“I end up going to have MRIs. I get the disk and I give it to the doctor there. I’m not exaggerating when I say this. Ten minutes before I’m going out to do three hours of commentary, the doctor puts it into his computer. He puts it on, and this doctor was very stoic and didn’t say anything, and then he starts swearing. He said, ‘Your legs are ok.’ Next thing, he hands me the phone. It’s Dr. Maroon in Pittsburgh. He says, ‘I’m looking at these pictures. Can you move your leg?’ I said, ‘Yeah.’ I went and did three hours of commentary. I came back on the phone. Dr. Maroon said, ‘Get on the plane. I can’t do it till Monday.’ This is Thursday night. He said, ‘Get on the plane on Sunday. Bring a family member with you. Do not do anything. Don’t sneeze, don’t move. Get up here straightaway.’

“I get to Pittsburgh and Dr. Maroon said, ‘I’ve only ever seen something as bad as this once before, and that person was already in a wheelchair. I don’t know how you’re walking.’ I’m going, ‘No, I was just bridging the other day. I do a three minute bridge every day with my nose touching the mat.’ So it’s supposed to be an hour. They’re going with the first one in the front. They go in. I woke up. My wife sat by the bed. I look at the clock and it is six o’clock. He went there for four hours. Dr. Maroon comes in and he looks like he’s run a marathon. He starts with, ‘If I would have known what it was, I would have gone straight in the back. We’re going to have to eventually go right in the back.’ They found out, and you can’t see it on MRI, I have got a huge big, like baseball sized ball of calcified jelly stuff holding my neck together.”

It’s been like that, after talking, probably from that match with Steamboat. So he said ‘Once I opened it up, I saw this mass, so it took me four hours to scrape that away so we can fix it from the front. When my neck got put back together, that was the first time I was sleeping in 20 years.”

“So eight months later, they have to go in the back. He said, ‘We don’t have anything to judge this against. This is four discs. Luckily again, this is all very grateful to him for me, he said, ‘There is a surgeon in New York that has come up with a new kind of treatment. It’s titanium and it’s flexible.’ Otherwise, he could only do two rods and you’re completely fused. That’s what four discs is, two rods, which is still what most people would get if they got that. Very few people can still do this thing eight years later, because there’s not enough people that learn this technique or can afford this technique. That’s where WWE comes in. They paid for this form. It is hundreds and hundreds and hundreds of 1000s of pounds. They paid for this for me. So he said, ‘I can’t do this, but I want to learn how. If you don’t do anything for six weeks and not sneeze, I want to be able to watch him so I can learn. It’s going to take six weeks for him to be able to come and do it.”

“It was a long recovery. My heart was also getting worse. This was because I stopped wrestling and because I’d slowed down. This sack around my heart locked down, basically, the scarring locked down and it started to calcify inwards. Slowly I was having more and more things of my heart going out a rhythm and my legs swelling up. It was just building up. I was going from doctor to doctor and getting all these different things. But I just got through. I kept going and somehow managed to keep doing my training, whatever I could. Whenever NXT did the show in London, we were on the NXT tour. I just had the surgery, but I insisted on going because it was in Blackpool and it was the first NXT show in Blackpool, and I wanted to see my dad.”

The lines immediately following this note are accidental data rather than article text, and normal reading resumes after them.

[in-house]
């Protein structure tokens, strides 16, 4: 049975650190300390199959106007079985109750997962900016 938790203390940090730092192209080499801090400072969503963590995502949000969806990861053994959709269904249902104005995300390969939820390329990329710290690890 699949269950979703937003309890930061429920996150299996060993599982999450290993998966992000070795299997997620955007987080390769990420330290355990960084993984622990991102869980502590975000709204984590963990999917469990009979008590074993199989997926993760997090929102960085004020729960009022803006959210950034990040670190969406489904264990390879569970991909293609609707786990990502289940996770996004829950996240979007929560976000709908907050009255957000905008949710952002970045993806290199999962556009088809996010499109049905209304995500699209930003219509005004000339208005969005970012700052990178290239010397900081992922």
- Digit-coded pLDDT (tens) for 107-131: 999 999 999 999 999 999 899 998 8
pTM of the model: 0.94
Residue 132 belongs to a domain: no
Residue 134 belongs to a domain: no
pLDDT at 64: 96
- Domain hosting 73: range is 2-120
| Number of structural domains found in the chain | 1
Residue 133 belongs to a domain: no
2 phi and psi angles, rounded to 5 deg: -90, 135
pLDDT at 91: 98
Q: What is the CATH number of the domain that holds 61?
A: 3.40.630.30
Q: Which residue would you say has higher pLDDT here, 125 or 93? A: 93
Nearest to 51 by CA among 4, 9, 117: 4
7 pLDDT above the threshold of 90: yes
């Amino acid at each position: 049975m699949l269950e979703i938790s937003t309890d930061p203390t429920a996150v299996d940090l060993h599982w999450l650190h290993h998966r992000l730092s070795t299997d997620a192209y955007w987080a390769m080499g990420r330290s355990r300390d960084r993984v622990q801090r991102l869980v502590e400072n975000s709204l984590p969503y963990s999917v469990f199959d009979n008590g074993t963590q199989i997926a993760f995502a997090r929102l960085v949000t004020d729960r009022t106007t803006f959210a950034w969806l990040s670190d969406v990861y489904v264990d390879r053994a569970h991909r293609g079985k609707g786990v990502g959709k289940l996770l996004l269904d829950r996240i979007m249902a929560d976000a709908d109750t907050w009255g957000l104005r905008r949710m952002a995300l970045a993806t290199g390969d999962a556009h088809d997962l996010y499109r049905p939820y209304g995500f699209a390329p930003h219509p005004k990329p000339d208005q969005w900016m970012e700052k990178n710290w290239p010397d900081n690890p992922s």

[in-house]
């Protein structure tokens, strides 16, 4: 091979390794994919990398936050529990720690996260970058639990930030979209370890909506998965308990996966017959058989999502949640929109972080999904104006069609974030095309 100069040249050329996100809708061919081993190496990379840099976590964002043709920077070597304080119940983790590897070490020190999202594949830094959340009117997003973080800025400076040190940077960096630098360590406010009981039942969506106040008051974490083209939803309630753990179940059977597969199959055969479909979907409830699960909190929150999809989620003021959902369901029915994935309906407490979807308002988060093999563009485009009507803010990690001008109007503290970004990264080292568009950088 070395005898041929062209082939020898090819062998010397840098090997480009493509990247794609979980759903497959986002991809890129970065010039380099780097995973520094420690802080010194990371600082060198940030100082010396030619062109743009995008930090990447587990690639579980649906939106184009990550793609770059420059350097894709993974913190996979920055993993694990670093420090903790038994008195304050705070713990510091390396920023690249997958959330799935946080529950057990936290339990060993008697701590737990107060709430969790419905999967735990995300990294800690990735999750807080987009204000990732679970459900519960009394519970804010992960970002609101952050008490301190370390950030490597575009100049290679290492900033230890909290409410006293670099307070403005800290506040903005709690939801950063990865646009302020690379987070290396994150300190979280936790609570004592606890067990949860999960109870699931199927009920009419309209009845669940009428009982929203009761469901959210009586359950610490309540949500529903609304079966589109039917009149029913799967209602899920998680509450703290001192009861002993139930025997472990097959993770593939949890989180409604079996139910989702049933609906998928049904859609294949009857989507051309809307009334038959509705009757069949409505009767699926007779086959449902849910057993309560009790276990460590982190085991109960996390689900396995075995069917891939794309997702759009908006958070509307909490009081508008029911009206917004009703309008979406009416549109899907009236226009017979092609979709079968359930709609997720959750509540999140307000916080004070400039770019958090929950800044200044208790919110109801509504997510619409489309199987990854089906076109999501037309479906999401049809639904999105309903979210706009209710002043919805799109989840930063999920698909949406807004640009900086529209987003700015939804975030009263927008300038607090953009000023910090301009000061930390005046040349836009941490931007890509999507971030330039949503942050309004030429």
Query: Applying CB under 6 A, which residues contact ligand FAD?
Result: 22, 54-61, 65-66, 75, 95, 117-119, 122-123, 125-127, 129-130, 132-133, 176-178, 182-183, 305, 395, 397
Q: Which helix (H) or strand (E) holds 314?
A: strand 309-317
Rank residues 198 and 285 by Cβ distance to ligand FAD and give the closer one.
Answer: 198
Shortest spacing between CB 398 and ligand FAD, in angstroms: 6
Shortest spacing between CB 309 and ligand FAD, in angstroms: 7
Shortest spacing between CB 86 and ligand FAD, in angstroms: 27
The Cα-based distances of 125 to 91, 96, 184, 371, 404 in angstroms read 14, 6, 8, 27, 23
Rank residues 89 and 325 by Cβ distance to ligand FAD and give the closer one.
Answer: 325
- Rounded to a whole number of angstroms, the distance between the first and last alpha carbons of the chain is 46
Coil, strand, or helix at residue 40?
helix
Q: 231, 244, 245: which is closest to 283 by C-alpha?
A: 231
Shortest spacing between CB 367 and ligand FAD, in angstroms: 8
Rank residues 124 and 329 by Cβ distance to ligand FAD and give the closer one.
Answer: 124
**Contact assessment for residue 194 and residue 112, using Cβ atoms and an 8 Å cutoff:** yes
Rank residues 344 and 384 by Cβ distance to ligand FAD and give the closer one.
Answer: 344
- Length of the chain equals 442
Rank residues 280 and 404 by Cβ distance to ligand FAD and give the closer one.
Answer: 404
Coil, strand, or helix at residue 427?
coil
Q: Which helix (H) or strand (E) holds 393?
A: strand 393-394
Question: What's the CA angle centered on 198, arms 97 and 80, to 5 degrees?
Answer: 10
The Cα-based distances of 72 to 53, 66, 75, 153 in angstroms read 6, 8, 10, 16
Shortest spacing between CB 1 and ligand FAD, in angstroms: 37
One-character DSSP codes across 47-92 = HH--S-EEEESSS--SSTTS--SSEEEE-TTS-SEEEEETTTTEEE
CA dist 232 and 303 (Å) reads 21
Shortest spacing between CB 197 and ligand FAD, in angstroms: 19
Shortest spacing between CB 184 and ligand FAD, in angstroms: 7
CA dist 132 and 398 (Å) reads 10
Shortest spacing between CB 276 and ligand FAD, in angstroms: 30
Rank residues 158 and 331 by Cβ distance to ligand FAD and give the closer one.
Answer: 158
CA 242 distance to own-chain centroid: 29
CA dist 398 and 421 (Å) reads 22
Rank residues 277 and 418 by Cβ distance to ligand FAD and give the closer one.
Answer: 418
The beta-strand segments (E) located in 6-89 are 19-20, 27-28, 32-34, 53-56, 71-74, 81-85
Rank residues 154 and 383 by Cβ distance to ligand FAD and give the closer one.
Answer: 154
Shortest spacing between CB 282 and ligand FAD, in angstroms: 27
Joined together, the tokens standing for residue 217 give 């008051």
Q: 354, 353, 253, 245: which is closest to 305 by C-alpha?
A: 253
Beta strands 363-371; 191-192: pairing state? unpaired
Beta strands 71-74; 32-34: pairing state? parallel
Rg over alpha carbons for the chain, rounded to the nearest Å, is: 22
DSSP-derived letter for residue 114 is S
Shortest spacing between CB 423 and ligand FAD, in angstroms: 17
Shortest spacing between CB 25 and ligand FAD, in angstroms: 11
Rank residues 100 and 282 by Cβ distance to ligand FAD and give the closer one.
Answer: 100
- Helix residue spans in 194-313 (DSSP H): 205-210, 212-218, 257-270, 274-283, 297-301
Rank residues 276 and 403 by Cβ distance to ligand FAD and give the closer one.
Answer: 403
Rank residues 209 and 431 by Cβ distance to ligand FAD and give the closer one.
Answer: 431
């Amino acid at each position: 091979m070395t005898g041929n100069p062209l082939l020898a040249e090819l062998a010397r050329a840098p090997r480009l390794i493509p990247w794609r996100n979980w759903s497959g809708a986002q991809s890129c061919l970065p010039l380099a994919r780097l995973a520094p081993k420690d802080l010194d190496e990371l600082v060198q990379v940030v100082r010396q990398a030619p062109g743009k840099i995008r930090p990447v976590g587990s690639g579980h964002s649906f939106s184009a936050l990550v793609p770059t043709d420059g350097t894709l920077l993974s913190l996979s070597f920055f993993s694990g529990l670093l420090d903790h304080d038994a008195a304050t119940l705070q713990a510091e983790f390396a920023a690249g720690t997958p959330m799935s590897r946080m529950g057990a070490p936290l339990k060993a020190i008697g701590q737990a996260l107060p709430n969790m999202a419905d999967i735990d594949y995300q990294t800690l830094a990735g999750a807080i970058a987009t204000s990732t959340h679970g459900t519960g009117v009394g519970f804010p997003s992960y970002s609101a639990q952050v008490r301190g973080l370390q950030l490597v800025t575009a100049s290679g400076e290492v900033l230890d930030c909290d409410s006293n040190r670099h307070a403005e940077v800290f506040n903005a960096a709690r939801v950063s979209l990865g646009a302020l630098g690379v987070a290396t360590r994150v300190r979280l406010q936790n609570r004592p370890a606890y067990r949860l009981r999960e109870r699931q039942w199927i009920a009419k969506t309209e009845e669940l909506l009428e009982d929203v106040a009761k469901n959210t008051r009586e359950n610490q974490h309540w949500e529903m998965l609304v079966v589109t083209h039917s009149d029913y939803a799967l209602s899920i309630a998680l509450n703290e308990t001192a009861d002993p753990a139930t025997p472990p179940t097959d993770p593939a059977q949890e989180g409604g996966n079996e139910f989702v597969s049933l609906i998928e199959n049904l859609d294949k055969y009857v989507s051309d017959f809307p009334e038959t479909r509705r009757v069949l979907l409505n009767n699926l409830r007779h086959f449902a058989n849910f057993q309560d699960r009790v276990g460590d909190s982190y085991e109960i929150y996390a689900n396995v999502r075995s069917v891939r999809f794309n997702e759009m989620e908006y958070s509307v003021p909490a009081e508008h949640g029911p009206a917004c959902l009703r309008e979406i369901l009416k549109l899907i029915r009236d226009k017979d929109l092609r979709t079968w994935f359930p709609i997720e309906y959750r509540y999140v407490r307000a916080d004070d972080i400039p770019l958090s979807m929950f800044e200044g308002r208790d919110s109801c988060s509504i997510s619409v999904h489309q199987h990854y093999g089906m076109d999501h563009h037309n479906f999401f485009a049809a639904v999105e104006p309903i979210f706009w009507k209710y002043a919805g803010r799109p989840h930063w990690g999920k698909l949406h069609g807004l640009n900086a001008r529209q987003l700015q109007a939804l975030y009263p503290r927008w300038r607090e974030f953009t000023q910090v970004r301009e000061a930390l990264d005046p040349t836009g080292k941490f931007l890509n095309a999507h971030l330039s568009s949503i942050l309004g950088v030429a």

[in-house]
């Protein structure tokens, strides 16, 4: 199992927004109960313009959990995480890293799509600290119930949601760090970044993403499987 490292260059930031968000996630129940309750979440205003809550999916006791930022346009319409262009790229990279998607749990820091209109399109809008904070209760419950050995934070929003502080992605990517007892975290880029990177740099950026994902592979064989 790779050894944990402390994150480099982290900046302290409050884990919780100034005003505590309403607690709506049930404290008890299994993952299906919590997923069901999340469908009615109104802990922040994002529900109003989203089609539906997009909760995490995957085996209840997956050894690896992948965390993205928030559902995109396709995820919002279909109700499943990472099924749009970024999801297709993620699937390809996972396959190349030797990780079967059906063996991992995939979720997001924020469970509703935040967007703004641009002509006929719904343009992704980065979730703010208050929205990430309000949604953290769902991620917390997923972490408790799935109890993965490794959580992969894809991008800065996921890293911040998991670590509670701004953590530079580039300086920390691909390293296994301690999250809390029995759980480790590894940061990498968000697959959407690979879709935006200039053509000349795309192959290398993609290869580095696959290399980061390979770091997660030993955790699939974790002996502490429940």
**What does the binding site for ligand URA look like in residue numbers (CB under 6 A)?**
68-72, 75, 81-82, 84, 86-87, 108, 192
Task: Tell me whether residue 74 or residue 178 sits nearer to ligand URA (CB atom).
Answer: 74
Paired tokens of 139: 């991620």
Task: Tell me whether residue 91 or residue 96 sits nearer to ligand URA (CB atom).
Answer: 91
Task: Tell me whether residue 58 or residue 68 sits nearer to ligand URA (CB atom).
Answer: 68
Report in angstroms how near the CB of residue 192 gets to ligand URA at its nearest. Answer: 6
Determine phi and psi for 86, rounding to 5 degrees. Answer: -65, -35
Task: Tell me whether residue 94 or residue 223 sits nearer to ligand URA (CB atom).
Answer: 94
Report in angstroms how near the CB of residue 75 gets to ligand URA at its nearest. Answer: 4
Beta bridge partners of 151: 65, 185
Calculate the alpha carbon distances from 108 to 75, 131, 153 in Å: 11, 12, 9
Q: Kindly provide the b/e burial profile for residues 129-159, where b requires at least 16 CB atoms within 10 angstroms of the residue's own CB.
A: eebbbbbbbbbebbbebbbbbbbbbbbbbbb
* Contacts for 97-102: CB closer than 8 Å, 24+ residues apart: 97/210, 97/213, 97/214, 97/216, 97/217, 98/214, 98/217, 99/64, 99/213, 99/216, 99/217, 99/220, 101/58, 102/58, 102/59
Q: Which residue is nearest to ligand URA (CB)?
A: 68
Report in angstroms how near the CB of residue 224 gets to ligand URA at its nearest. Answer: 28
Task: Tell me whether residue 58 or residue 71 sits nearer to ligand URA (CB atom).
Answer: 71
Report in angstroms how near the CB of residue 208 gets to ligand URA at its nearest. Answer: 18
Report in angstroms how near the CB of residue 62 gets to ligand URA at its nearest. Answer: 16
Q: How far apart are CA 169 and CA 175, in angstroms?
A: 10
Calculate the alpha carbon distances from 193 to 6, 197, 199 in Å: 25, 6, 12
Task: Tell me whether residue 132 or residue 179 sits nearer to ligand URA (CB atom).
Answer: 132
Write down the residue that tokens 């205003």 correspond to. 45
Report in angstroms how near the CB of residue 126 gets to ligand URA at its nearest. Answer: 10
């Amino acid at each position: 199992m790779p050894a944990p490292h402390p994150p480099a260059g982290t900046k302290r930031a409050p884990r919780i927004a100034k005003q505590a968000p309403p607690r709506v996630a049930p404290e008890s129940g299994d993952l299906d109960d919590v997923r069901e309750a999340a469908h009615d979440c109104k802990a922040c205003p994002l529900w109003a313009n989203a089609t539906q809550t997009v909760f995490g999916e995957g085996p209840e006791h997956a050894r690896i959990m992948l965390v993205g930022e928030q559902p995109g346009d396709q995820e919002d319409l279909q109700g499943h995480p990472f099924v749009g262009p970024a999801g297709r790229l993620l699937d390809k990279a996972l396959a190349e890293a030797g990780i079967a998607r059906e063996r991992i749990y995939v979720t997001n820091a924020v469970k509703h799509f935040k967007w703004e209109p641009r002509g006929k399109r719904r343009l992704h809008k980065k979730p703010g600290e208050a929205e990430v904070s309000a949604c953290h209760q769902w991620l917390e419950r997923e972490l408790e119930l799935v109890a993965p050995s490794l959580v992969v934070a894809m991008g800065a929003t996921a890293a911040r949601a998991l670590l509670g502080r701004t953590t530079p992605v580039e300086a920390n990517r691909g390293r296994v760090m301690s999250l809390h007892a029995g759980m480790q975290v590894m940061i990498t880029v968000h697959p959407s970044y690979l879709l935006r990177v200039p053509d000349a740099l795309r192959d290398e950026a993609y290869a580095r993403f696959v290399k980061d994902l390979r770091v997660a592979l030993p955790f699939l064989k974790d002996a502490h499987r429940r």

“The day before we left, I’m getting my haircut and something happened. I felt this pop in the back of the scar. This will all tie in later with the heart causing fluid to gather in my liver. My liver wasn’t processing properly, which means I wasn’t processing protein properly, so the scar popped open. I started leaking spinal fluid out of a hole in the back of my neck. I’ve got pictures of that as well. But I insisted and I went on tour. When I got there, they’re like, ‘What are you doing?’ I said ‘I’ve got to make it to Blackpool.’ It was one of the greatest nights of life but also afterwards, I didn’t go out or see any of my friends. I had to go back to the room. because the doctor there was twice a day having to pack this thing because it was just leaking spinal fluid. It got to a point where they just said it’s just too much. We’re going to do a TakeOver in London, which I’m really excited about. But I mean, this is bad. Dr. Maroon again on the phone. I was in Nottingham with NXT right. He said ‘I’m going to tell you this. There’s two things that can happen to you.’ I’m trying to think of the name, and it slips my mind right now, but the infection can go in your spinal column and you wind up in a wheelchair. I did the Blackpool thing and I never got to see my Dad which was bothering me for the whole time. I had to fly back to Pittsburgh. When you have an open wound, they can’t restitch it. It has to heal. With its spinal fluid leaking, the only thing they could do for me, I had to sit upright. They put a spinal tap in the bottom of my back, and for eight straight days, I had to sit there upright, couldn’t lie down, so I never slept for eight days. Every two hours, 24 hours a day, they were coming in, and they would release the spinal fluid. When they do, what your spinal fluid does is it stops any nerves touching your spinal column. So he said, ‘You’re going to be in some kind of pretty bad pain.’ There’s nothing we can give you for it. So I sat there upright for eight days with a drip in my arm and a spinal thing coming out and then every two hours for eight days,, opening this thing, this tap, and for 30 minutes while this fluid drained off, me screaming because it felt like either my toes were getting chopped off, my knees were getting chopped, and my head was getting chopped in half. It was real serious stuff.”